NASA must rework planetary protection plans, panel advises (3 minute read)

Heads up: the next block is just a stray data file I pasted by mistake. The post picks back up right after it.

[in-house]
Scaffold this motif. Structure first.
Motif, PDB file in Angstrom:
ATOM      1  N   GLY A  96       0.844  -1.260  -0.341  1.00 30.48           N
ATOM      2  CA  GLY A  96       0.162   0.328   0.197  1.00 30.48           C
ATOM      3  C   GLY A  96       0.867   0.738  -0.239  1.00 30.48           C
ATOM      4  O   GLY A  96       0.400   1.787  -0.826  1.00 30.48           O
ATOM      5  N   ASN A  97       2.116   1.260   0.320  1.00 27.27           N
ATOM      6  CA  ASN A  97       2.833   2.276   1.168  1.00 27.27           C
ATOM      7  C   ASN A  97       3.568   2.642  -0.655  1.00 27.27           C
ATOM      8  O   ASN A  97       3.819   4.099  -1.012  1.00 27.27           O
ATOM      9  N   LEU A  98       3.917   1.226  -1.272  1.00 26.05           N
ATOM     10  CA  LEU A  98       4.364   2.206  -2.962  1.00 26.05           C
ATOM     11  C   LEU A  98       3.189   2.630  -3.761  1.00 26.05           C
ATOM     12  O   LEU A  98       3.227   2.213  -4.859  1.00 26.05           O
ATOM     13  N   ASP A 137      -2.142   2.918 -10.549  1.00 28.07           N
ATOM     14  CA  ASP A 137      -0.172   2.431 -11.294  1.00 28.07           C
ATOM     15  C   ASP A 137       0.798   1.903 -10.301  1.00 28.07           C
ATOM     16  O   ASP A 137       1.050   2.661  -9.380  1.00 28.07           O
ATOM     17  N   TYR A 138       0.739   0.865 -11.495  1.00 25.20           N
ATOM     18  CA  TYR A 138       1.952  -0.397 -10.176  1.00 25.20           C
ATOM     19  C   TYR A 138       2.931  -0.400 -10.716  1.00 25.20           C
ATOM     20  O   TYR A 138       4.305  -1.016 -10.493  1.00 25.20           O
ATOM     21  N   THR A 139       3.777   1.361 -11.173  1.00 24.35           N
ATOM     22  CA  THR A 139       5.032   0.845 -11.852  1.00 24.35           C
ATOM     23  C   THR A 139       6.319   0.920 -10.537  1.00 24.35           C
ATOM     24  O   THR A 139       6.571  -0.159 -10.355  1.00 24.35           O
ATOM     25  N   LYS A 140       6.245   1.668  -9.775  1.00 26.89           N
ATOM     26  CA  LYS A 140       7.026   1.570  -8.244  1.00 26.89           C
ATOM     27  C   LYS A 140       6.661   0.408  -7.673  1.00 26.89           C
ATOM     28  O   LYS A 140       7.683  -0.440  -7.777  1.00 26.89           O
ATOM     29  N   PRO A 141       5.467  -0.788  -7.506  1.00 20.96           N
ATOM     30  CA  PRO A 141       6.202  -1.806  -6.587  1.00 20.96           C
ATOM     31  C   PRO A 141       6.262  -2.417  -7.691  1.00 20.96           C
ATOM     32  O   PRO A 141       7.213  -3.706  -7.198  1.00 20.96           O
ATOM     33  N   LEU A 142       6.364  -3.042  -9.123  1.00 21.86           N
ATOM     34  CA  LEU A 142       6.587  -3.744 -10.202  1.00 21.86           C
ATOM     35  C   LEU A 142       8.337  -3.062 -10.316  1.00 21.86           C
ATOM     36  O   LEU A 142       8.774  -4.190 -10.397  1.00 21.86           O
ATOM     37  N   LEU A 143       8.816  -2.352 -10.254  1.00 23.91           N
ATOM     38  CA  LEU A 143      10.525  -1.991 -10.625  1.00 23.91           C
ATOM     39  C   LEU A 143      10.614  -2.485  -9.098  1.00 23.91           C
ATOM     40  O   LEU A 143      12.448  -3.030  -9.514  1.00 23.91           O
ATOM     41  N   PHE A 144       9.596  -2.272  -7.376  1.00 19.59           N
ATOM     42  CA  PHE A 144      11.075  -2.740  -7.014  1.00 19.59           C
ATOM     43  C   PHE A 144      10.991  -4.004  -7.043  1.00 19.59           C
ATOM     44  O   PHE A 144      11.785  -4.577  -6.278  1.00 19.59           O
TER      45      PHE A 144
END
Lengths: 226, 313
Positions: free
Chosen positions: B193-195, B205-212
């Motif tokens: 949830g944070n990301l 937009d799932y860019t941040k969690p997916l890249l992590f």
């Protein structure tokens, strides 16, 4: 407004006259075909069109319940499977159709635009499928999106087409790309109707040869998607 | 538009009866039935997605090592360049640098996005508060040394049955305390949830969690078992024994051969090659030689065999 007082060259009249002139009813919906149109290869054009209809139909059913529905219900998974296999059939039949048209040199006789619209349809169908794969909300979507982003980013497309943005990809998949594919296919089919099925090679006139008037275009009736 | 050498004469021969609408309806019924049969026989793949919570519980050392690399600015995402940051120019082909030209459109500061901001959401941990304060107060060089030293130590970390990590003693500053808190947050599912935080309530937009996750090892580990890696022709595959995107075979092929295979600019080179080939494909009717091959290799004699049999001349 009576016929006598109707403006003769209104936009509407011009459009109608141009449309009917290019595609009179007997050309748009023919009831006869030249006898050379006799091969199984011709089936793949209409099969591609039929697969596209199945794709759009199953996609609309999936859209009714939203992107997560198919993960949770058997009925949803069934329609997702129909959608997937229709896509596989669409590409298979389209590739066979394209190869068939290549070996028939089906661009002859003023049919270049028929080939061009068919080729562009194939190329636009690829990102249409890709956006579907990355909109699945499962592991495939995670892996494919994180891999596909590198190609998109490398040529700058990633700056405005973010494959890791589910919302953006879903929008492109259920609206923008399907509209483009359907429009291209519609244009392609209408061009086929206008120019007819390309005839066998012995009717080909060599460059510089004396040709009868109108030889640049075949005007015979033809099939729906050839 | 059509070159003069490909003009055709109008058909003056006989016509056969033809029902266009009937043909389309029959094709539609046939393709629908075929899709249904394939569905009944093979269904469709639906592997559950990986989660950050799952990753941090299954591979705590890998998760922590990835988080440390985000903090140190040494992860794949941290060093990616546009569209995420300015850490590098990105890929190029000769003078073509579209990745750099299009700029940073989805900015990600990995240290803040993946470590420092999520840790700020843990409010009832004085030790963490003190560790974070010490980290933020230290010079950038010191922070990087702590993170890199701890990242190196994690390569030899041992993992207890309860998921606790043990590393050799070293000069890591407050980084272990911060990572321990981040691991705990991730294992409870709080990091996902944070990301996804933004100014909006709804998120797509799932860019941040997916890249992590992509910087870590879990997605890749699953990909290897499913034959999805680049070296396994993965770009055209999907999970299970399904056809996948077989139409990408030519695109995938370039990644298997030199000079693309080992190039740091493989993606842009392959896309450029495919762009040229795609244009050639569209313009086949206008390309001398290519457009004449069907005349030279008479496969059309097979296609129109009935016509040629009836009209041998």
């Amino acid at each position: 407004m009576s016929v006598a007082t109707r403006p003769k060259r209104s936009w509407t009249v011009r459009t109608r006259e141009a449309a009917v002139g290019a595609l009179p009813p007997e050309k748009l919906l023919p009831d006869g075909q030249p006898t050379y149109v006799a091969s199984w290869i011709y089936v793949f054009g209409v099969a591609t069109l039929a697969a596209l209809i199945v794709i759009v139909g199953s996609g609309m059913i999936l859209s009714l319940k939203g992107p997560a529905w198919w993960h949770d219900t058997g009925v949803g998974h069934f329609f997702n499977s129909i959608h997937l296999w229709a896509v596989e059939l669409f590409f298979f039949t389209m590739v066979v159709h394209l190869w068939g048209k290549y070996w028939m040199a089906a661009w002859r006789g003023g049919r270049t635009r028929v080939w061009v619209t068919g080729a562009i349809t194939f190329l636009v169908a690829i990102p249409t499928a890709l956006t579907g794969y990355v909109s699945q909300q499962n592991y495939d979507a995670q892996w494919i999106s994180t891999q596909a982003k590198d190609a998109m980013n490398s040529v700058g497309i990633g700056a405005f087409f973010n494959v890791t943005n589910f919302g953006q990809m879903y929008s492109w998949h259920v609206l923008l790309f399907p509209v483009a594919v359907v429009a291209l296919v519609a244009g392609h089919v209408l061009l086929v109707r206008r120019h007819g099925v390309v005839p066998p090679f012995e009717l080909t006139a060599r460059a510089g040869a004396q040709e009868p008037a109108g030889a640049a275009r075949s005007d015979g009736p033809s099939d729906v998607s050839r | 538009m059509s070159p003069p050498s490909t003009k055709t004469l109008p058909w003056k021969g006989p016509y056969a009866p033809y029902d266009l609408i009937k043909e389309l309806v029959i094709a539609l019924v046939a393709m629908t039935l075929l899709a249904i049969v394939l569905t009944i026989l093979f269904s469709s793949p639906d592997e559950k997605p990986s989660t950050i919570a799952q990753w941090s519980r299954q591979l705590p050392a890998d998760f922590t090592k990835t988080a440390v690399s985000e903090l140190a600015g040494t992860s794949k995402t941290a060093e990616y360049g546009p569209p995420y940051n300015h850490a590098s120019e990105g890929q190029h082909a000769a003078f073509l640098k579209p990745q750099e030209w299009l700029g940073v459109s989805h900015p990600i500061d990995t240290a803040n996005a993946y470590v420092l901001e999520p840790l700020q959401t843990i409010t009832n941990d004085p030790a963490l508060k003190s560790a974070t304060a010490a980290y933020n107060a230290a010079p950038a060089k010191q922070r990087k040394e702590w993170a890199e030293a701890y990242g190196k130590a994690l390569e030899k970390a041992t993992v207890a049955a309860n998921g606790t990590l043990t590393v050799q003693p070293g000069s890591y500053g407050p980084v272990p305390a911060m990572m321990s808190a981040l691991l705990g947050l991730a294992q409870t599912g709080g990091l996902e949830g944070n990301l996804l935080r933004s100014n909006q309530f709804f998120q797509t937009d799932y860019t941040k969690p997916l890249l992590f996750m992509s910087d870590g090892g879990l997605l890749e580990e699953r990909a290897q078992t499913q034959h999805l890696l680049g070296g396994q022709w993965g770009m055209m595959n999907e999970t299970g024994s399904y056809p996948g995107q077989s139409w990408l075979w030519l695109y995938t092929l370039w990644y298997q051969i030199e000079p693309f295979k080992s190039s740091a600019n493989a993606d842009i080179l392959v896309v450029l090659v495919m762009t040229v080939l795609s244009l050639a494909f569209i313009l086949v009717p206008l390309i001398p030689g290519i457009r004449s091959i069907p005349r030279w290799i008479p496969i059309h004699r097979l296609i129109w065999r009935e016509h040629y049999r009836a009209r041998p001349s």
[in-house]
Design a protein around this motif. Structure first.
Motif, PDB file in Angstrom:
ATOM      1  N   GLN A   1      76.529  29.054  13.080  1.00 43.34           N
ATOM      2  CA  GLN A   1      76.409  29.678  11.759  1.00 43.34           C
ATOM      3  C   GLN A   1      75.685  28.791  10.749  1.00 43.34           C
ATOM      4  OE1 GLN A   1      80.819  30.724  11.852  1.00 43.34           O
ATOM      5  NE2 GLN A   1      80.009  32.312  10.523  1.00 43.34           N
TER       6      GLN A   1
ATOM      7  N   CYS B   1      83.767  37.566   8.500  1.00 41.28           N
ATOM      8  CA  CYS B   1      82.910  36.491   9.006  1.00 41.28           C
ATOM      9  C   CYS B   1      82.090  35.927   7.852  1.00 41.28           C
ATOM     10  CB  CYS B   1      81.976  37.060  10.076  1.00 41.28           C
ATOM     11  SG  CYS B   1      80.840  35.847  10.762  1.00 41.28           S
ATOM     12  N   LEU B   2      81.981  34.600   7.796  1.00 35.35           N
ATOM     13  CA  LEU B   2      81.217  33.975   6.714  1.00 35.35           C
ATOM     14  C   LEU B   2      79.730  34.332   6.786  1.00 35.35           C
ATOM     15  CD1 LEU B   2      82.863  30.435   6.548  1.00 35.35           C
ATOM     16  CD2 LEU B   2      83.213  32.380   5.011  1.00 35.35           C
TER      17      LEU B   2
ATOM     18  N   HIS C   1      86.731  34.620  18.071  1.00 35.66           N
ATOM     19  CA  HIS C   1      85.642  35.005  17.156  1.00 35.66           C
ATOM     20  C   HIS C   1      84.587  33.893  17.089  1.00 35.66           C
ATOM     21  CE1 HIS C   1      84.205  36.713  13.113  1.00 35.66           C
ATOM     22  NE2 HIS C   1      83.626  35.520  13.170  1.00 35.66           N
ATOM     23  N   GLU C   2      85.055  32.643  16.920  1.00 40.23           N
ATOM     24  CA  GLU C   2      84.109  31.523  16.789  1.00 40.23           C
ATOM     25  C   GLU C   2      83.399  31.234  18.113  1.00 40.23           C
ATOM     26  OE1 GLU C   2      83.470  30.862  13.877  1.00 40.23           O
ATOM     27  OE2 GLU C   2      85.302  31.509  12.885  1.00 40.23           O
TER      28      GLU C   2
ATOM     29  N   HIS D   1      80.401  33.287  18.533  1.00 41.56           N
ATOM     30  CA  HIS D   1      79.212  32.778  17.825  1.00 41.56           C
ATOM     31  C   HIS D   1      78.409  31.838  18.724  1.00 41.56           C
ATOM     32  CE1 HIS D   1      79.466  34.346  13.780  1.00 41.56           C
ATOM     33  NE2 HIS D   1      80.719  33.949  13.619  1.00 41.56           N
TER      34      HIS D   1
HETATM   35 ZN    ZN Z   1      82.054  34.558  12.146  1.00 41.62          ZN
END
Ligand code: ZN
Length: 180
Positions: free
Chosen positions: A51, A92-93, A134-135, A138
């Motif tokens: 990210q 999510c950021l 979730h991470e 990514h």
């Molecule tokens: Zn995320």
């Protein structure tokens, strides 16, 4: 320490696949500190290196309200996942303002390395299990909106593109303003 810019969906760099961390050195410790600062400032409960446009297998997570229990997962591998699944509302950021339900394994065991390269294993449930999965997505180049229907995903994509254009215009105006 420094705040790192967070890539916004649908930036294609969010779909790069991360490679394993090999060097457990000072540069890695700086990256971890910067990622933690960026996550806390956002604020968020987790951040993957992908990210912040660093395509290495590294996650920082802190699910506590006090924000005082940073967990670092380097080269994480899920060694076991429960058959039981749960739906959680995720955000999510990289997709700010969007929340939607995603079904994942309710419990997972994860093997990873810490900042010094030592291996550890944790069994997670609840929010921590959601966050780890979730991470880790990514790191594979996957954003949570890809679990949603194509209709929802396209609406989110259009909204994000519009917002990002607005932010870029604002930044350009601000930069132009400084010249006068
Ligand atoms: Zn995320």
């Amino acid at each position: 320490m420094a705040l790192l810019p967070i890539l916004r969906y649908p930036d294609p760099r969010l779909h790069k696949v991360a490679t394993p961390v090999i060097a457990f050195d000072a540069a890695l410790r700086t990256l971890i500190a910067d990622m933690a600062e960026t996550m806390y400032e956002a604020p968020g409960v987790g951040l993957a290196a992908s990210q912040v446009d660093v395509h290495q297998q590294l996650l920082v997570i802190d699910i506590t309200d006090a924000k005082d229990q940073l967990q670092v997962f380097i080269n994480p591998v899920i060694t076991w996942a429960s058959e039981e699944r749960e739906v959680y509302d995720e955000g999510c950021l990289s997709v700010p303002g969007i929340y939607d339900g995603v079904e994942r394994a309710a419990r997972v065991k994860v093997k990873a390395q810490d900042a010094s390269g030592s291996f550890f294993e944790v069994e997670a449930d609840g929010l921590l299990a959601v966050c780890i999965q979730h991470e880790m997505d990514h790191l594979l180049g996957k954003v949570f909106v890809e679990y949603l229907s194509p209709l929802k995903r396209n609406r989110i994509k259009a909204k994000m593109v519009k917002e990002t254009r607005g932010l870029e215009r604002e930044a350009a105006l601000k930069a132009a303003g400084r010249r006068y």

NASA's rules for preventing the spread of earthly microbes, as well as the spread of alien life on Earth, require rethinking, according to an independent agency advisory panel. Current rules are costly and some procedures do not make sense, considering the scientific knowledge we have gained since the rules were created. The Moon is classified as potentially of interest for research on the origins of life, but few scientists now see it as an important site for studying these questions, except for at its poles. Reclassifying the Moon as nonessential for biological studies would simplify exploration for space agencies. Mars has been treated as if microbes could survive on the planet, but many scientists now think that it is unlikely. Earth has been bombarded by meteorites that originated from Mars with no known biological harm in the past, so its guidelines for returning samples should be reviewed. NASA is not a regulatory agency, and commercial actors, for example, Tesla, have launched objects into space with no planetary protection evaluation in the past. Humans will eventually contaminate Mars, so research into water-rich regions should be explored as soon as possible.